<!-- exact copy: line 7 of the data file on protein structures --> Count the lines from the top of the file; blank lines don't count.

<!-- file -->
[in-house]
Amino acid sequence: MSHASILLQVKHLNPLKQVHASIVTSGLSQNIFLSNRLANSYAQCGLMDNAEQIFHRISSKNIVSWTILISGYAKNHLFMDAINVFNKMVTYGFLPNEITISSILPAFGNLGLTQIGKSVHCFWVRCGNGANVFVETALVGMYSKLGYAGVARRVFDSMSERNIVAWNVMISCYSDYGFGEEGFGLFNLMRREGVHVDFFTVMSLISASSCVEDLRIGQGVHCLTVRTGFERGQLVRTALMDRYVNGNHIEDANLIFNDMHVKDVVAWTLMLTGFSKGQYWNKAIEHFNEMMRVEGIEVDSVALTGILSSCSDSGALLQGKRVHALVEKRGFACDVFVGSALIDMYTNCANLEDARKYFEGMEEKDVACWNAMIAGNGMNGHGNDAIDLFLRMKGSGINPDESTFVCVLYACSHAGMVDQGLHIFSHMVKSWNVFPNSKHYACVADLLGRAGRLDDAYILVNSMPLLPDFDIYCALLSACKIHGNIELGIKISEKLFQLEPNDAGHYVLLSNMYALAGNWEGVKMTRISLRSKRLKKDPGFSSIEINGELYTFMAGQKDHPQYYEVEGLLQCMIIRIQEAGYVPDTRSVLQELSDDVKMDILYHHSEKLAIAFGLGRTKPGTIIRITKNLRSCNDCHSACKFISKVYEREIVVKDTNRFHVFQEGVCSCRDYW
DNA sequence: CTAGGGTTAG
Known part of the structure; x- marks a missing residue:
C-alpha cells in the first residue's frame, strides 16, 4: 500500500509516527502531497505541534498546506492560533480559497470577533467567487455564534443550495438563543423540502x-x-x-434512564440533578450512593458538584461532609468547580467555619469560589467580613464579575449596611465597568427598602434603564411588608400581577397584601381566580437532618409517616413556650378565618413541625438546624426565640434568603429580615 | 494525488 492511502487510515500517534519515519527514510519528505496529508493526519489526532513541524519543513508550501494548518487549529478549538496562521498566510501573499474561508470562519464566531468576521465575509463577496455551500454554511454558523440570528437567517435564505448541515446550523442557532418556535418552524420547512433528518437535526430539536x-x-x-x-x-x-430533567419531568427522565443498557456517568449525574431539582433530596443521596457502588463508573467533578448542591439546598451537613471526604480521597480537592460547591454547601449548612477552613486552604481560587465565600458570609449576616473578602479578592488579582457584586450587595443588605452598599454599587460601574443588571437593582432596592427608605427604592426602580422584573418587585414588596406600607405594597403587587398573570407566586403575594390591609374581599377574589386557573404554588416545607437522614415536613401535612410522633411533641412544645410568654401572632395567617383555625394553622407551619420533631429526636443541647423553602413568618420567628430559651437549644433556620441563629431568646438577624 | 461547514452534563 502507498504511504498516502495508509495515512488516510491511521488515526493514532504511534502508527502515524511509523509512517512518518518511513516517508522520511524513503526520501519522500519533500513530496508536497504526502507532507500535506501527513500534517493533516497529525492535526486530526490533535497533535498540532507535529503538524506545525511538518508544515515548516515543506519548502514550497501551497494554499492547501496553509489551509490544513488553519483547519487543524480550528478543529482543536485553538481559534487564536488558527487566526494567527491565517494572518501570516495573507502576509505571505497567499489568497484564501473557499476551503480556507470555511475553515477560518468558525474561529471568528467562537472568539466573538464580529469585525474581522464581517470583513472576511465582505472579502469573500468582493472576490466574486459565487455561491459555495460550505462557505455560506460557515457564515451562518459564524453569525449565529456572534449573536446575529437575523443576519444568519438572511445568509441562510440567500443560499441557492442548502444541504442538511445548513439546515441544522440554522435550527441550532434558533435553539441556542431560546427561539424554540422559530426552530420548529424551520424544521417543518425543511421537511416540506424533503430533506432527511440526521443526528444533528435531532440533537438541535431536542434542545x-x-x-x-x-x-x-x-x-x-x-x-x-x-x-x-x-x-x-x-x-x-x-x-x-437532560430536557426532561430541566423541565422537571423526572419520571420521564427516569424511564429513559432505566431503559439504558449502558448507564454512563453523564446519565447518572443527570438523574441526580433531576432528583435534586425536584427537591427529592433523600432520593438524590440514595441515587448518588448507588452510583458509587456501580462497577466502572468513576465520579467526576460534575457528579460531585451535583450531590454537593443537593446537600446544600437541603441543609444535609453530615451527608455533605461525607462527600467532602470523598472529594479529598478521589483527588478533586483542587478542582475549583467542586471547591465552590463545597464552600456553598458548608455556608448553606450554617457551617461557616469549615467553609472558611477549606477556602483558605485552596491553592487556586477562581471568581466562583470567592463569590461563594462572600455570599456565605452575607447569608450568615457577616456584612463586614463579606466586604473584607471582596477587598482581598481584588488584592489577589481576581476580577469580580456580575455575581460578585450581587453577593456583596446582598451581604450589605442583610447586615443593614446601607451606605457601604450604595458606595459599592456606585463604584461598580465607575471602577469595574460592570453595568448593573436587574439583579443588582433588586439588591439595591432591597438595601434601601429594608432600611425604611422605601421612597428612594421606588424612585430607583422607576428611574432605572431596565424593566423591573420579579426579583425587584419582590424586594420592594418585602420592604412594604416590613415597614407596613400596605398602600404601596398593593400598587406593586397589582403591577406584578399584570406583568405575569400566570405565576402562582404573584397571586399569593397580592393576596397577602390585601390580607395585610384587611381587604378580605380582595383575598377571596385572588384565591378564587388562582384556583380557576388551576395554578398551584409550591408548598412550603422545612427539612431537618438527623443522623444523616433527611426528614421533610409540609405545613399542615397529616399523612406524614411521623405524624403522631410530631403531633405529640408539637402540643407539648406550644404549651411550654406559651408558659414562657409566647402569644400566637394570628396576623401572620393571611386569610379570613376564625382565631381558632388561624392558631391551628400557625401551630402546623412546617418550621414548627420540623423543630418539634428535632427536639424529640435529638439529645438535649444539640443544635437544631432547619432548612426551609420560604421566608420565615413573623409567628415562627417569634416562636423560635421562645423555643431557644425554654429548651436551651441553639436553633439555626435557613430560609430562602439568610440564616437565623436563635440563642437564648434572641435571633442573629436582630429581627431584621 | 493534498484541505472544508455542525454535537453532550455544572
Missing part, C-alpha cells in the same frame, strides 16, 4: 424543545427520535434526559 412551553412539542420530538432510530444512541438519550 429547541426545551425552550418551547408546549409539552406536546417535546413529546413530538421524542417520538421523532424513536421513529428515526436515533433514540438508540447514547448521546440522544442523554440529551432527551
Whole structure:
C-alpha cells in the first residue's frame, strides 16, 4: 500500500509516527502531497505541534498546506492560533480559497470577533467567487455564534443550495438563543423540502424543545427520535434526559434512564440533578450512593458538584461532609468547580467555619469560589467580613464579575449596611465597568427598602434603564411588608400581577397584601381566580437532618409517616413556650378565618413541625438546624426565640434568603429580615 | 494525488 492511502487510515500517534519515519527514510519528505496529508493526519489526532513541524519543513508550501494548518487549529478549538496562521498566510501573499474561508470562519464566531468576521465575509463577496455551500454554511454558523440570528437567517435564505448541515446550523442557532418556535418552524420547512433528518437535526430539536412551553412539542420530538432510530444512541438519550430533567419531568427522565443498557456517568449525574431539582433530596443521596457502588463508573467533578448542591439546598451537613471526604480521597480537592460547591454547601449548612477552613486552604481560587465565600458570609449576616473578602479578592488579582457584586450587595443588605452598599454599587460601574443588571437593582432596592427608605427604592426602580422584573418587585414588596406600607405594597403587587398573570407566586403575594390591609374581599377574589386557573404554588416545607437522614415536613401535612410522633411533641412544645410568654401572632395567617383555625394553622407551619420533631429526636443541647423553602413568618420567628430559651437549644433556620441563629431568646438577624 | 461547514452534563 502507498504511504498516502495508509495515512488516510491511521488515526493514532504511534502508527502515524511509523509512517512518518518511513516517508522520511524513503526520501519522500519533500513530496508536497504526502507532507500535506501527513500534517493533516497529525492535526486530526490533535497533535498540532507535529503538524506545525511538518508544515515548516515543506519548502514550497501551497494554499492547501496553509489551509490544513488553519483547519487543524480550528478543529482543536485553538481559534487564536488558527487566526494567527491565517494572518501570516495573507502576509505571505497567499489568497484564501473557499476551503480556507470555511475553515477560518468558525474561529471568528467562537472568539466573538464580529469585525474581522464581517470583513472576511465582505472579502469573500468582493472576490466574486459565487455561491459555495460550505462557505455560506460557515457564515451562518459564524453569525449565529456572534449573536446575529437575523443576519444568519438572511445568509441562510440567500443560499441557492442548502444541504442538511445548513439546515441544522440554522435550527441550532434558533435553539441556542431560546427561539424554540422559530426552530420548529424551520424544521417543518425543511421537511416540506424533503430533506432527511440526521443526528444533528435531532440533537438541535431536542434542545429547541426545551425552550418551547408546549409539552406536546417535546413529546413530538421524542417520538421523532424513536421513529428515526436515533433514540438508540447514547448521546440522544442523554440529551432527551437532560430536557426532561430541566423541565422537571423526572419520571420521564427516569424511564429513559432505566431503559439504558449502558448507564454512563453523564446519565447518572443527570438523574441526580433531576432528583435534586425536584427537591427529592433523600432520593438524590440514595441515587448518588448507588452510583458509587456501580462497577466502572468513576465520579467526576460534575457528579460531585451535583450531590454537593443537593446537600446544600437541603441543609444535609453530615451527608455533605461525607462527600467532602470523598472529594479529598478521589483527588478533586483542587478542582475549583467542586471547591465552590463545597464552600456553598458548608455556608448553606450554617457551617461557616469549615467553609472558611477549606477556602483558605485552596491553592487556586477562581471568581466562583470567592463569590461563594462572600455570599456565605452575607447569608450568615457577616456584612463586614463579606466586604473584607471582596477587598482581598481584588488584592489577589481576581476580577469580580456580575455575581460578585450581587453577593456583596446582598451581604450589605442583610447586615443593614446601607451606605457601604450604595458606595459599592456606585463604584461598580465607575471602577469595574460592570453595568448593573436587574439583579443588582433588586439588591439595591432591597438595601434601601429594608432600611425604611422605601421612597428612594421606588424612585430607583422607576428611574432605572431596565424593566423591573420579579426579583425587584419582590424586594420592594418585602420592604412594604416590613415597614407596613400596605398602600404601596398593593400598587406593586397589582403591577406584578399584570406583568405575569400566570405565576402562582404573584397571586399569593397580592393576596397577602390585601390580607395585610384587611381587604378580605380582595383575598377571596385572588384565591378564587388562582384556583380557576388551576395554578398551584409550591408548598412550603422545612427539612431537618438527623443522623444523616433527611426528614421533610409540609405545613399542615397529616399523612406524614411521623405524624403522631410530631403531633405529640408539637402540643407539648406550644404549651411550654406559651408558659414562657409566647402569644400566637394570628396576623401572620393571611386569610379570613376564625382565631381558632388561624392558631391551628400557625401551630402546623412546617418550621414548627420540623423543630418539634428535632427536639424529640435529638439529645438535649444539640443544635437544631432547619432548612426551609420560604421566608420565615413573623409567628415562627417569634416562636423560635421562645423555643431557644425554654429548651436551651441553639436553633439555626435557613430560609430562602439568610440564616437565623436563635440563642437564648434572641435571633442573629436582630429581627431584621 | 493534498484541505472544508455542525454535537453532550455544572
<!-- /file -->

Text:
Whole structure: